Treating Ebola Patients in the United States: Health Care Delivery Implications

This report discusses the recent response to Ebola patients in the United States. While the U.S. health care system has the resources to effectively identify and treat Ebola cases, a situation that is novel, emergent, and resource-intensive may test the system's ability to effectively mobilize those resources.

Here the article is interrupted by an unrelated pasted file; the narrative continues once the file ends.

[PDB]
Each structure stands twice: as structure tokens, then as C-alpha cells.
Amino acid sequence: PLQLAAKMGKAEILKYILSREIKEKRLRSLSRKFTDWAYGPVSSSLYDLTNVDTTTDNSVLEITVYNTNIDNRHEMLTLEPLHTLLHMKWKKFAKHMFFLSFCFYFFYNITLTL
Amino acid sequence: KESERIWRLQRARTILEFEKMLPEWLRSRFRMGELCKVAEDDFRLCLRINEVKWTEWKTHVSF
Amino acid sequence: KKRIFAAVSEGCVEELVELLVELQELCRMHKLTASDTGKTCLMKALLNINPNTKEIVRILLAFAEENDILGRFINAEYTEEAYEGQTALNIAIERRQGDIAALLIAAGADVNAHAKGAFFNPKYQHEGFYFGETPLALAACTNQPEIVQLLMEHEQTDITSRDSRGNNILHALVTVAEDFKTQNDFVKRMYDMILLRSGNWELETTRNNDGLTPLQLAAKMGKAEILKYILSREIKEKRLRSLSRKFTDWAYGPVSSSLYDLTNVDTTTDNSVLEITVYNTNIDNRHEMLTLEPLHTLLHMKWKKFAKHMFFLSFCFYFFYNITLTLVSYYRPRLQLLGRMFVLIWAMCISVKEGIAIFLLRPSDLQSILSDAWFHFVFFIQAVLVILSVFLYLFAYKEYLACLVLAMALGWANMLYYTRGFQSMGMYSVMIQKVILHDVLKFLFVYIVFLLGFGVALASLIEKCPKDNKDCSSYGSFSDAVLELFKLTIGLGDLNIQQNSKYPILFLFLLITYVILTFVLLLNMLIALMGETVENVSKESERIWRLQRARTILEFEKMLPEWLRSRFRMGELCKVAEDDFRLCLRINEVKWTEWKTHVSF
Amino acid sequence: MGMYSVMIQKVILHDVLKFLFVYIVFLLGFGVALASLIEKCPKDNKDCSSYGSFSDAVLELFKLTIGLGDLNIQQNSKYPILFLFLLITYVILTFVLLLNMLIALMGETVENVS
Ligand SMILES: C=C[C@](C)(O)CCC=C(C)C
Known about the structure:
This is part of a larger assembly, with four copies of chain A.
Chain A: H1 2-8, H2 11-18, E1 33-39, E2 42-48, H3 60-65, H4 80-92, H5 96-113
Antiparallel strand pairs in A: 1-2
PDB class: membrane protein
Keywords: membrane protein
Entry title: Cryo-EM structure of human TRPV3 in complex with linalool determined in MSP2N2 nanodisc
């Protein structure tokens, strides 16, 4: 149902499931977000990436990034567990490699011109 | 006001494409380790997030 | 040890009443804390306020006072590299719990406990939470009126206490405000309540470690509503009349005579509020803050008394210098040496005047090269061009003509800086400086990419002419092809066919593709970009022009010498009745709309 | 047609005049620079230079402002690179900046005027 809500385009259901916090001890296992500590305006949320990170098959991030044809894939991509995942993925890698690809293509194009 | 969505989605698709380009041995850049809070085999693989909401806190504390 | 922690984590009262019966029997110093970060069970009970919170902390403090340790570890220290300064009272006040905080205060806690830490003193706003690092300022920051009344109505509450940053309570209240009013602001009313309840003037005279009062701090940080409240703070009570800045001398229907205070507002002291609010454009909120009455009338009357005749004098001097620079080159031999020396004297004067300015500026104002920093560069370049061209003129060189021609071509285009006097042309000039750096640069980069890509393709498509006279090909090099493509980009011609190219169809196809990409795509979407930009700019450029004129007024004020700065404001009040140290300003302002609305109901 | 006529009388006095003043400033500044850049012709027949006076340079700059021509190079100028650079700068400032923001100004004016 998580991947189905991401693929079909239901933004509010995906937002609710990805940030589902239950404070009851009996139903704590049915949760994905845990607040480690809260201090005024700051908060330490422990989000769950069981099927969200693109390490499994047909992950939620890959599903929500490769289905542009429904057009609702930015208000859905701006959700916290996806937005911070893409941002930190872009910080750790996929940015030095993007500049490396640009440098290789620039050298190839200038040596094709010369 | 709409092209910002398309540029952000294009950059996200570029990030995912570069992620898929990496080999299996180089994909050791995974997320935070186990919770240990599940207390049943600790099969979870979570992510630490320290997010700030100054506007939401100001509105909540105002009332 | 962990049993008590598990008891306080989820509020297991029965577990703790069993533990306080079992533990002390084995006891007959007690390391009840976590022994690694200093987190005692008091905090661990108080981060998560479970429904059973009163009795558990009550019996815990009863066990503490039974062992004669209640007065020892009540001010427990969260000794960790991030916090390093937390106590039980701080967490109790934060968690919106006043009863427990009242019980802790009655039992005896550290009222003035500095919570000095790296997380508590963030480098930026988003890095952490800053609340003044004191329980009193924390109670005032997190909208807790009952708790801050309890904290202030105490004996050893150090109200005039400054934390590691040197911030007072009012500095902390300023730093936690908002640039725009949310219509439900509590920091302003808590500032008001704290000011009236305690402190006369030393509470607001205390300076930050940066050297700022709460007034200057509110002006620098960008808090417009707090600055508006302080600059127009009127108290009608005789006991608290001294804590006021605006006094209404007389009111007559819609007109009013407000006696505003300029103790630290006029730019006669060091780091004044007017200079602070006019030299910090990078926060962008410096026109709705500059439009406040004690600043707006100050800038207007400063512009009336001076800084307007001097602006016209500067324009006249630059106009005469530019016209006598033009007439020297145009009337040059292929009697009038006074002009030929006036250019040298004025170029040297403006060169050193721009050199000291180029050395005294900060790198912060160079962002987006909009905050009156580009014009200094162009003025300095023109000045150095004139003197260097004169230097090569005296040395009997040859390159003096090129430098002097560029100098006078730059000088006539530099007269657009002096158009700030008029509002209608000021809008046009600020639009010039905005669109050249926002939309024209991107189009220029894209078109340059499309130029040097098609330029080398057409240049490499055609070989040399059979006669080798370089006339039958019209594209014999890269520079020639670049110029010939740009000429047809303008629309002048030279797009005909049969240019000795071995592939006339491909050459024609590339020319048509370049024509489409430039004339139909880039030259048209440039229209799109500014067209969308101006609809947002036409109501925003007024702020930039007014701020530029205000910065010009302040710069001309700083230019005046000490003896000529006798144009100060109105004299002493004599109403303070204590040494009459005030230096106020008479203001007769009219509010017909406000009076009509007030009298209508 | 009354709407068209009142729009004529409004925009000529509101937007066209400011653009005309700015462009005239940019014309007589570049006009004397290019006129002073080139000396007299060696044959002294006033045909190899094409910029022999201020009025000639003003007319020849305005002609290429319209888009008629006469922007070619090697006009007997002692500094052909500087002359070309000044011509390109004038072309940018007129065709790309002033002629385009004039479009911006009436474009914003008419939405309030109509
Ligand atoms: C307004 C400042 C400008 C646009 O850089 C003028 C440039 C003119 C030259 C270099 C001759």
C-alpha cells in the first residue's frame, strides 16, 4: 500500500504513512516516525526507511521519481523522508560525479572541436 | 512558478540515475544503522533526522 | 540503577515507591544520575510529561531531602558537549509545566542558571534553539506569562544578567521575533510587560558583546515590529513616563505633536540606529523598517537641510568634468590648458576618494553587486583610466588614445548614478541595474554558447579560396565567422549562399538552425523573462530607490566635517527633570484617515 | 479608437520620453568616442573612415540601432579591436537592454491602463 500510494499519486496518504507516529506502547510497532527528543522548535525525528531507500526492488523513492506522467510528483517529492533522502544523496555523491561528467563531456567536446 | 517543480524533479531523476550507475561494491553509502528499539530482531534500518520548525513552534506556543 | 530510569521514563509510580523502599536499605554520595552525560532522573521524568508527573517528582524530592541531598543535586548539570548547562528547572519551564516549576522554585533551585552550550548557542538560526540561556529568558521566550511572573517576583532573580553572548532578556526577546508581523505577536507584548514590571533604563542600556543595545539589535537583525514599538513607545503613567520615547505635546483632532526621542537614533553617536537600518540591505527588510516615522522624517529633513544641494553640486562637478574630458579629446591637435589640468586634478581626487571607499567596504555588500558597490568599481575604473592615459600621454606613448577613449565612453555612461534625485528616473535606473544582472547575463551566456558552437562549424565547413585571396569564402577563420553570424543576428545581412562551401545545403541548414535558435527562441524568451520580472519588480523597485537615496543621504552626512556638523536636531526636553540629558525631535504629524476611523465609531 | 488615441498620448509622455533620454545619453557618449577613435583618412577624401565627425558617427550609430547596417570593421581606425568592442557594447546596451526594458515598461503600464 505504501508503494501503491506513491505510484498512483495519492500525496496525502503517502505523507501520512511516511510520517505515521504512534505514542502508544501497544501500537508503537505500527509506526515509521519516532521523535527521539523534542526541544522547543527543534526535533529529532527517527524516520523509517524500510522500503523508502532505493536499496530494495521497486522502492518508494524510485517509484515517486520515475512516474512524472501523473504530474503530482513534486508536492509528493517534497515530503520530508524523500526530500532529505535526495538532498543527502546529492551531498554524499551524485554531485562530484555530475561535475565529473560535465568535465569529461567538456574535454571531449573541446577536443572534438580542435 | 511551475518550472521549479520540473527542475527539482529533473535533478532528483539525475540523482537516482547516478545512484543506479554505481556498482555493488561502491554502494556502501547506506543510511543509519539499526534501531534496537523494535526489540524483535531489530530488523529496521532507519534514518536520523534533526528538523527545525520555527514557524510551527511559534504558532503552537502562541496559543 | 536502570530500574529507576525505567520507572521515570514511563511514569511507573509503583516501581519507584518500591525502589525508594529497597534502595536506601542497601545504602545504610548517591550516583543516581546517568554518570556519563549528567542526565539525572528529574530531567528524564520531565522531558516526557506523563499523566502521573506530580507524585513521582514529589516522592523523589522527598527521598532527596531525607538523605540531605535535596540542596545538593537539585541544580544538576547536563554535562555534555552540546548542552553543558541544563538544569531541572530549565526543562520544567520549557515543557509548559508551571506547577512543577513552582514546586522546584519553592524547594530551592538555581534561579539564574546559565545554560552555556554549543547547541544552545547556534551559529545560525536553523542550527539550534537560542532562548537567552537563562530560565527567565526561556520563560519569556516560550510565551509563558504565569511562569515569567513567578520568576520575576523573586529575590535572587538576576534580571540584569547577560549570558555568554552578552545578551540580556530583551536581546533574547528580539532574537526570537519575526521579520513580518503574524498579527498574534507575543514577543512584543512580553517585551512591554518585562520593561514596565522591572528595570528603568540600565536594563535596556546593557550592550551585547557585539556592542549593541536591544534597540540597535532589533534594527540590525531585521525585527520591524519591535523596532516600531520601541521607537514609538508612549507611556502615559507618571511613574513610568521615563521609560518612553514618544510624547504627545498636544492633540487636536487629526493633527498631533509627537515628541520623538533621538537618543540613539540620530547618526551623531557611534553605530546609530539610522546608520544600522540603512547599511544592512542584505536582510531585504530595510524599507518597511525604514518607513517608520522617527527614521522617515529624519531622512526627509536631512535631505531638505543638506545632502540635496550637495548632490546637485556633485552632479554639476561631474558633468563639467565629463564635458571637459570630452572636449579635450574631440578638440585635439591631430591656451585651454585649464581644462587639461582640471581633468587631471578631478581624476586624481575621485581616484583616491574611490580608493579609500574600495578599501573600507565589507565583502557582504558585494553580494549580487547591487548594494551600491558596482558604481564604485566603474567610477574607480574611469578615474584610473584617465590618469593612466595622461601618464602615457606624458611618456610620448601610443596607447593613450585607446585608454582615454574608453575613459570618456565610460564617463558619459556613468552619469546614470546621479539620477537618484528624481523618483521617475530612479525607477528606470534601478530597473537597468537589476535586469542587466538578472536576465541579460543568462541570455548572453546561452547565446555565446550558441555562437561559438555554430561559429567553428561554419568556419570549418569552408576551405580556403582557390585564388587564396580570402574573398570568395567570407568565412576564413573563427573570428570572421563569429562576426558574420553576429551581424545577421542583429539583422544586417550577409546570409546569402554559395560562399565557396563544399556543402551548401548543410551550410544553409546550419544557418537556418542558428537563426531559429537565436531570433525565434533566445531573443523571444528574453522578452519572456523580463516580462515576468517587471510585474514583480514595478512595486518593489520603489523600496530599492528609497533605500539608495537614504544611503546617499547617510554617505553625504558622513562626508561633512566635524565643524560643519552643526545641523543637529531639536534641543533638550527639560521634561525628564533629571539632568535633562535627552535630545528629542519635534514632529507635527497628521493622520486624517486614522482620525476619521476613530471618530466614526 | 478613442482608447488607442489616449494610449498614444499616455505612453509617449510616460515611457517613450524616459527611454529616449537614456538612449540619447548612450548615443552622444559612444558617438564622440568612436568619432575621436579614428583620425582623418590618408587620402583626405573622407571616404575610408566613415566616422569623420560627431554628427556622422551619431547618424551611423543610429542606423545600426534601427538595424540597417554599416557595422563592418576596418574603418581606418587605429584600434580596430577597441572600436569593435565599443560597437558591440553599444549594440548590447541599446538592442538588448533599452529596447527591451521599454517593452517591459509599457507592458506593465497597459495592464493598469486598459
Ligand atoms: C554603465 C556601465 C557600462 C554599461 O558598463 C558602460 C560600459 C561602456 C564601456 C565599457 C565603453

CRS Insights Treating Ebola Patients in the United States: Health Care Delivery Implications Amanda K. Sarata, Specialist in Health Policy (asarata@crs.loc.gov, 7-7641) November 4, 2014 (IN10173) On September 30, 2014, the Centers for Disease Control and Prevention (CDC) confirmed the first case of Ebola diagnosed in the United States. This patient was the first in the United States to be treated for Ebola outside of a specialty hospital with a biocontainment unit. Shortly after this diagnosis, CDC Director Thomas Frieden expressed his confidence in the U.S. health care system, stating that we will "stop Ebola in its tracks." Despite the assurances, two nurses who cared for the patient were diagnosed with and have since recovered from Ebola. In the wake of these additional cases, Dr. Frieden stated that the agency has had to reconsider its approach to containing the disease. In addition, the hospital where the patient received his care, Texas Health Presbyterian Hospital, has stated that it may have done things differently. While the U.S. health care system has the resources to effectively identify and treat Ebola cases, a situation that is novel, emergent, and resource-intensive may test the system's ability to effectively mobilize those resources. The care of the initial U.S. patient highlighted several system delivery issues, including (1) inefficient use of finite healthcare resources due, at least in part, to gaps in preparation; (2) challenges in coordination between local, state, and federal public health systems and the health care delivery system, including in basic infection control procedures; and (3) care coordination issues. This Insight focuses only on the first issue. All components of the health care system are actively responding to these issues by identifying, learning from, and disseminating lessons learned. The adaptability of the system may be tested in the coming months, as experts predict that additional Ebola cases are possible as long as the outbreak persists in West Africa. Resource Use or Diversion Care for the first U.S. Ebola case—and subsequent care for suspected or confirmed cases—highlighted issues around the use and diversion of health system resources. Decisions about resource use and diversion may affect the system's ability to ensure access to care that is not related to Ebola, and may impact both patient care and protection for health care providers. Facility and Unit Closures. Texas Health put its Emergency Department (ED) on diversion status after having treated the patient, as he was initially treated in the ED (diversion status means emergent cases arriving by ambulance are diverted to other EDs). Subsequently, he was treated in a 24-bed ICU that was converted into an isolation unit, thus taking 23 ICU beds out of use. In several cases where Ebola has not subsequently been diagnosed, suspected cases have resulted in the temporary closure of health care facilities; in addition, Bellevue Hospital in New York City has transferred some ICU patients to an alternate hospital to facilitate treatment of a confirmed Ebola case. Health Care Provider Staffing. The Texas Department of State Health Services has had to monitor about 170 people, mostly health care workers, who came into contact with the patient during his illness or the course of his care. The ambulance used to transport the patient was taken out of circulation temporarily for decontamination, and three paramedics were taken off duty for three weeks. As workers are taken off the job for monitoring, it creates staffing issues for the facility, and possible subsequent access issues for patients. In addition, the use of so many health care workers in the care of a single patient increases the possibility of exposure as well as the burden of contact tracing. Policy Considerations Consolidating screening (where possible) and provision of care for suspected and confirmed Ebola cases—for example, by providing care primarily at designated regional or specialized national facilities, using a core staff at each facility—may facilitate the health care system's ability to efficiently mobilize resources. Such an approach could involve the regionalization of care—specialized care delivery concentrated with certain regional providers—similar to how trauma care is organized. Recognizing that screening may occur at any entry point to the health care system despite efforts to direct suspected cases to specific facilities, especially among those patients who self-present, all providers would need to be prepared to identify, isolate, and appropriately triage suspected cases (e.g., small hospitals, primary care offices, urgent care facility). This type of approach may serve multiple purposes, including to (1) maximize finite resources; (2) decrease the risk of unintentional exposure; (3) decrease the burden of contact tracing; (4) preserve access to other care for the community; (5) streamline provision of supplies, such as personal protective equipment; (6) facilitate oversight efforts at the state and federal levels; and (7) facilitate staff training in care delivery and infection control procedures. Specific steps could include those listed below, among others, and could be assisted and supported at the federal level, with state and local entities responsible for implementation: Designating specific medical facilities as preferred entry points for suspected cases (as has been done in New York); an entry point to each facility other than the ED may be considered to minimize disruption to other care. Educating the public, primary care providers, Emergency Medical Services (EMS), and others about where to seek care or send suspected cases. Identifying a limited, well-trained core staff at each of these facilities to provide screening, evaluation, and treatment. Referring confirmed Ebola cases, when needed, to one of four specialized hospitals that have biocontainment units (Emory University Hospital, Nebraska Medical Center, the National Institutes of Health, and St. Patrick Hospital). The dissemination of best practices could be facilitated at the federal level; for example, as the four specialized hospitals gain experience treating Ebola patients, and they identify best practices, CDC (or another agency, e.g., Agency for Healthcare Research and Quality) could disseminate them and/or provide technical assistance to other large regional hospitals for their implementation. This could potentially expand the number of facilities equipped to treat confirmed Ebola cases or future disease outbreaks.